“We ended up basically just saying, ‘Well, what do we need to do to weather the storm?’” said Hall. “Fortunately, we have a membership program […] We were getting members to sign up, which, of course, helps […] I think that’s when people realized that we were here to stay. We weren’t going to flake out.”
The strong support through the worst of the pandemic allowed Hall and the rest of the Mustang Owner’s Museum staff to expand the museum’s original footprint within its building, expanding to the entire facility. The milestone was celebrated in April 2022 on the weekend of the Mustang’s birthday, April 17. Ford Motor Company joined in to throw its weight behind the museum, as well, helping with exhibits, displays, and memorabilia from its own collection.
“When I was over [at the 50th Anniversary celebration], we were talking about [how] it would be nice if there was a way to make it more of an annual event than an anniversary event. We started [on] April 17, making it National Mustang Day on a yearly basis.”
The plan for every National Mustang Day? For owners and clubs around the world to take their Mustangs out on the road, doing everything from taking the kids to school and driving to work to participating in their local shows, the idea being that if the general public saw more Mustangs on the street than usual, it may convince more than a few to bring theirs out, or, even better, buy a Mustang of their own. In the six years since the first National Mustang Day, over 100,000 NMD decals have gone out to nearly every corner of the world except Antarctica.
Hall says nearly all of the Mustangs on display are all on loan from their owners, while one is purchased by the museum annually for raffles. Current cars include one of two 1964 World’s Fair cars, plus No. 211, a barn find ‘64 that probably will never see the road again, but because of where it was on the production line, is very important to the Mustang history books. Hall says the cars are changed out every April and October to keep things fresh, to keep members and non-members alike coming back, and to give more Mustangs a chance to shine in Charlotte. A few of the cars at the museum, like the World’s Fair car, have never seen a car show due to their rarity and the effort that is needed to protect in transit and on location.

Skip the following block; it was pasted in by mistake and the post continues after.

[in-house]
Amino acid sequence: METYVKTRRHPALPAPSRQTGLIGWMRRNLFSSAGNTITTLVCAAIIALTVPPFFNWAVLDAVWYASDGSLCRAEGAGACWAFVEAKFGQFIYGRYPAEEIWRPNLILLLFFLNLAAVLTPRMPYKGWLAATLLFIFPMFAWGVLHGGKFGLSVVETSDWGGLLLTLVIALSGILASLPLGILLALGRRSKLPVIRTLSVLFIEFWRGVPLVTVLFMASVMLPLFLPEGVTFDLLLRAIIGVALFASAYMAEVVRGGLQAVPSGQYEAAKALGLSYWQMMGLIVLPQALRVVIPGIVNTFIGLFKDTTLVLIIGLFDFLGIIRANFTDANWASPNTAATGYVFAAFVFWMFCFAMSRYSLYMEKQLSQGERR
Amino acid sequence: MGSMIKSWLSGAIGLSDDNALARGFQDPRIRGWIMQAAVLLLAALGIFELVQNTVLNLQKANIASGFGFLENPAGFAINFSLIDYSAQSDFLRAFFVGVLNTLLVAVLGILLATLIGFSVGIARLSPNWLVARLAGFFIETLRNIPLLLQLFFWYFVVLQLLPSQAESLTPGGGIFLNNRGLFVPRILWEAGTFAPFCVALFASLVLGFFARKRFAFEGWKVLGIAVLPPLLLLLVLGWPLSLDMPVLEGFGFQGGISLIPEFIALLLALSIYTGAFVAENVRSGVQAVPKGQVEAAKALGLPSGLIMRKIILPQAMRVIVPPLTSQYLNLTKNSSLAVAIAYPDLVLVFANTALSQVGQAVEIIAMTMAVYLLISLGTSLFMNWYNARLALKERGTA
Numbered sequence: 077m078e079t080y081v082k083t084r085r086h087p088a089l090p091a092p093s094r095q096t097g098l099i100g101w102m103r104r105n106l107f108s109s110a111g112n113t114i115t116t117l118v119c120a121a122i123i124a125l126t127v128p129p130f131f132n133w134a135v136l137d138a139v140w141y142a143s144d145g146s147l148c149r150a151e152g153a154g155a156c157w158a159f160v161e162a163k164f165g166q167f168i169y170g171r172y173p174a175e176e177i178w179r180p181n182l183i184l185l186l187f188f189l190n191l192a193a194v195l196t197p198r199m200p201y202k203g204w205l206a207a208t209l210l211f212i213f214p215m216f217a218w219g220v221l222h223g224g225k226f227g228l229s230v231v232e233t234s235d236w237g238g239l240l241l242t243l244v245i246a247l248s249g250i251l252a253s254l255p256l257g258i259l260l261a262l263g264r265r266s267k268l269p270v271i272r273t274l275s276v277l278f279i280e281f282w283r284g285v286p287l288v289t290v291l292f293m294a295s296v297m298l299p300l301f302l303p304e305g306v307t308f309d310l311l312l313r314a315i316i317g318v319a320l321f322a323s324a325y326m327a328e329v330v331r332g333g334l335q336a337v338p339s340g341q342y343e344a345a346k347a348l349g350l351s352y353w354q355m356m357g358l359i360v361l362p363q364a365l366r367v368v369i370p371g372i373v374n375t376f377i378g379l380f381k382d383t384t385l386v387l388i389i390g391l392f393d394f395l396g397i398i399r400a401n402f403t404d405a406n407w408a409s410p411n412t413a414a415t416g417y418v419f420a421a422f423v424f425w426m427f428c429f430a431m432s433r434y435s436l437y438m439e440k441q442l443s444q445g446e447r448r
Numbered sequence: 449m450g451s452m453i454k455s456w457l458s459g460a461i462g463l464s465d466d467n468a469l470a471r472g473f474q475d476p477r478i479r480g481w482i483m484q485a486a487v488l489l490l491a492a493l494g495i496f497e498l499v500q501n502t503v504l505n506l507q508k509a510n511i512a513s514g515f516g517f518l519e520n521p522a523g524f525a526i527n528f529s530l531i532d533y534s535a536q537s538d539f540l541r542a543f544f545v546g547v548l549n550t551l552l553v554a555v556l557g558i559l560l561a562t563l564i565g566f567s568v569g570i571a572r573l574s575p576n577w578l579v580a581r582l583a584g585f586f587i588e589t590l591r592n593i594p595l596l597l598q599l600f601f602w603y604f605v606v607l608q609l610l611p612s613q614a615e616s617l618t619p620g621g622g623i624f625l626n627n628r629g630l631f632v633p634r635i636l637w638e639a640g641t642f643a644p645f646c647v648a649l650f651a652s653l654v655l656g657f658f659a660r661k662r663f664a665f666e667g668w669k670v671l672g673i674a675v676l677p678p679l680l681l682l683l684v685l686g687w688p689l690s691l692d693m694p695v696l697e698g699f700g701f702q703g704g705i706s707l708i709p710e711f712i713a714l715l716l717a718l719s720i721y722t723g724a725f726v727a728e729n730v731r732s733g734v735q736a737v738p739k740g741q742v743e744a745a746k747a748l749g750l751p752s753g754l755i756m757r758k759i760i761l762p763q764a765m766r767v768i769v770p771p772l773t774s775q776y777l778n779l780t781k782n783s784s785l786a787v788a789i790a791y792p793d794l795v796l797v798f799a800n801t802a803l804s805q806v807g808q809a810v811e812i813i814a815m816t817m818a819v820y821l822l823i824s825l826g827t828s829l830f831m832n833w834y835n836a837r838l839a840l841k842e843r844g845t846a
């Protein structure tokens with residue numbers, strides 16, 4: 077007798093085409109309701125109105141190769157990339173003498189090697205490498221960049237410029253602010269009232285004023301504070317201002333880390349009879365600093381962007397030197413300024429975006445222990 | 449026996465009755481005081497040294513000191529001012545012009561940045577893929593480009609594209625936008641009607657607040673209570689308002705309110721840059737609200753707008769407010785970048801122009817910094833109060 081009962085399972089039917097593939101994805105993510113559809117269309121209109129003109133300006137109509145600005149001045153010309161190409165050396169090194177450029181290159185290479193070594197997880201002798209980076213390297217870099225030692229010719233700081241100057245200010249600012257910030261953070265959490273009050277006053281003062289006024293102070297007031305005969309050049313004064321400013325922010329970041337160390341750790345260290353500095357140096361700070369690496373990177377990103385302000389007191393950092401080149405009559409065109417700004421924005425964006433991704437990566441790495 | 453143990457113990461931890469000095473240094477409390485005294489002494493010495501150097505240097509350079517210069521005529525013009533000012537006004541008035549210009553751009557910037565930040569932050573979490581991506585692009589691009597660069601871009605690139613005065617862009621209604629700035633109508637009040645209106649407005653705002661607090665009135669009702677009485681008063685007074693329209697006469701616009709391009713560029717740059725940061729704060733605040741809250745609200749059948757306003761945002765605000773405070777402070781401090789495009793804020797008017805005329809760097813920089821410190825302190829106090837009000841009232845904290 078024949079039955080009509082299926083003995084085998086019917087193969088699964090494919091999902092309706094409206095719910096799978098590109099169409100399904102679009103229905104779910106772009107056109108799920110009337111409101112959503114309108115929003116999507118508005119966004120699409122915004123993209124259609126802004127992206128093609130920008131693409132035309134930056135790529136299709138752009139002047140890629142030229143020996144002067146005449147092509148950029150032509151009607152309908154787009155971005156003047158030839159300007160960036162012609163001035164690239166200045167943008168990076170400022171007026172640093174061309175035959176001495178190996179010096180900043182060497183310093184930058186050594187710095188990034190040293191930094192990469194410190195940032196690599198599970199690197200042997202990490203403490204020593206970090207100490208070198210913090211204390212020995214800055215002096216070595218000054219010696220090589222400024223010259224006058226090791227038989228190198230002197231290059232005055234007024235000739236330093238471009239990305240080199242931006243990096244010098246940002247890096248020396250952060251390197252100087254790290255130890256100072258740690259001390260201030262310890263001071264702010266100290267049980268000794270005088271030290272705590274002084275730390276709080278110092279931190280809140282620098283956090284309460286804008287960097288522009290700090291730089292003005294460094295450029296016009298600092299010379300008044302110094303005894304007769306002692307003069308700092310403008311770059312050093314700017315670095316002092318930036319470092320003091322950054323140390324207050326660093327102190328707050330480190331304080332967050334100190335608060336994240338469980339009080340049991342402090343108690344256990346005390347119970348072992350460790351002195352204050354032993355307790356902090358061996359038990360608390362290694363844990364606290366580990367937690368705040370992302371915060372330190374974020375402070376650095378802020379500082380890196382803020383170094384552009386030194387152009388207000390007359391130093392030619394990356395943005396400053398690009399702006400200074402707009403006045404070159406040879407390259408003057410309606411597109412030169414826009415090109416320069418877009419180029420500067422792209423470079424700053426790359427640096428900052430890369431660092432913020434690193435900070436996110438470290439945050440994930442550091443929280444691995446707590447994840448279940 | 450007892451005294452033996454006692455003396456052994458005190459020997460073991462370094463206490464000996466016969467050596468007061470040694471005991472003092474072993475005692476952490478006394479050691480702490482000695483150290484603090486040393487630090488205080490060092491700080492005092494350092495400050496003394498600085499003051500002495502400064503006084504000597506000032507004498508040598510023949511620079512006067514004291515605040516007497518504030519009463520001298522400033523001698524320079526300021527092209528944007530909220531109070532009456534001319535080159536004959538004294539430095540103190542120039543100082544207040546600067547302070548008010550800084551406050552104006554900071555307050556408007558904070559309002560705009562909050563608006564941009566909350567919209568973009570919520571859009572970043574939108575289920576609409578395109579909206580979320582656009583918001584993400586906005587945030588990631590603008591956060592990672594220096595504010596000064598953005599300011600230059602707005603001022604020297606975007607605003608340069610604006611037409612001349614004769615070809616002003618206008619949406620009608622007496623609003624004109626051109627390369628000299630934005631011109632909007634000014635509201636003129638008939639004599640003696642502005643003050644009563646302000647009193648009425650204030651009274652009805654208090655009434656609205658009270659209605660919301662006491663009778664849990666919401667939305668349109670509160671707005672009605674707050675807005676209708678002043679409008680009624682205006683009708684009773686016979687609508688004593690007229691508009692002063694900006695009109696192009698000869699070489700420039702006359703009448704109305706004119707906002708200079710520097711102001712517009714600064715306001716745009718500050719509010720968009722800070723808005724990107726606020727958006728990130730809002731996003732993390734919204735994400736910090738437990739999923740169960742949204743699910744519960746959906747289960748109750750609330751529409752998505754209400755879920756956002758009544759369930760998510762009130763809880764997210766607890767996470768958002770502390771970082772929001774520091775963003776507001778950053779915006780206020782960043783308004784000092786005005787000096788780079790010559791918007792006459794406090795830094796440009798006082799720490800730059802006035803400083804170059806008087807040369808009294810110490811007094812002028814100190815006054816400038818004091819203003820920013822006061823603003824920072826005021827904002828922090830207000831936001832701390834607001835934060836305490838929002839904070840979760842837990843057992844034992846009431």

“Some of these cars here that we have will never go to car shows; the owner’s not into that,” said Hall. “Yet, they’ve got a car that’s very important to the hobby […] We’ve got some cars here that I think are beyond car show connections.”
As for the memorabilia, a lot of it comes from Hall’s own collection. Plenty more is from Mustang fans downsizing their collections and from Mustang clubs from all over the globe. Such bits include obvious items like die-cast cars, magazines, metal signs and so on, as well as items that could never be produced today: Mustang decanters, for instance, with Jim Beam bourbon and Mustang-branded cigarettes.
Where does Hall see the Mustang Owner’s Museum going in the next few years? Adoption of technology, such as using QR codes linking to short videos about the museum’s Mustangs from the owners, along with the aforementioned cycling of displays and the museum’s growing relationship with Ford. All of it will guarantee this special place will continue to thrive for the long term.
Just don’t expect a MOM Motorsports Park to be among the attractions, in the way NCM Motorsports Park was built alongside the Corvette Museum.
“As far as the museum having some involvement with a race track, not gonna happen,” said Hall. “The reason I say that is for us, we can’t be everything to everybody. What we do best is to try to give the guest the experience about Mustangs here. I look at [track days] as a great experience, autocross is great. They are great groups of guys that can put those things on. I let them do it because I know they’re better at that than I am. I just kinda step back.”
Of course, that doesn’t mean the Mustang Owner’s Museum hasn’t involved itself in the motorsports side of the Mustang. Hall says they’ve held events at Charlotte Motor Speedway, but with different groups handling the speedier end of things.
“We’re here just to showcase the Mustangs,” said Hall. “From the way we look at it, we have two types of customers. One is the general public. Maybe someone in their family had a Mustang, an aunt or uncle or grandfather, but it’s not an important vehicle to them. And then you have those who are enthusiasts, and the Mustang is an important [car] to them. We try to cater to both. We try to show things so that people can come in and learn something about Mustangs. And then those that do know something about Mustangs can maybe learn a little bit more, or even in some cases add to what we know.
“The idea is to just have a great experience, to come and enjoy [the museum]. It’s not your everyday museum type [of experience]. We really go beyond that, and I think we have.”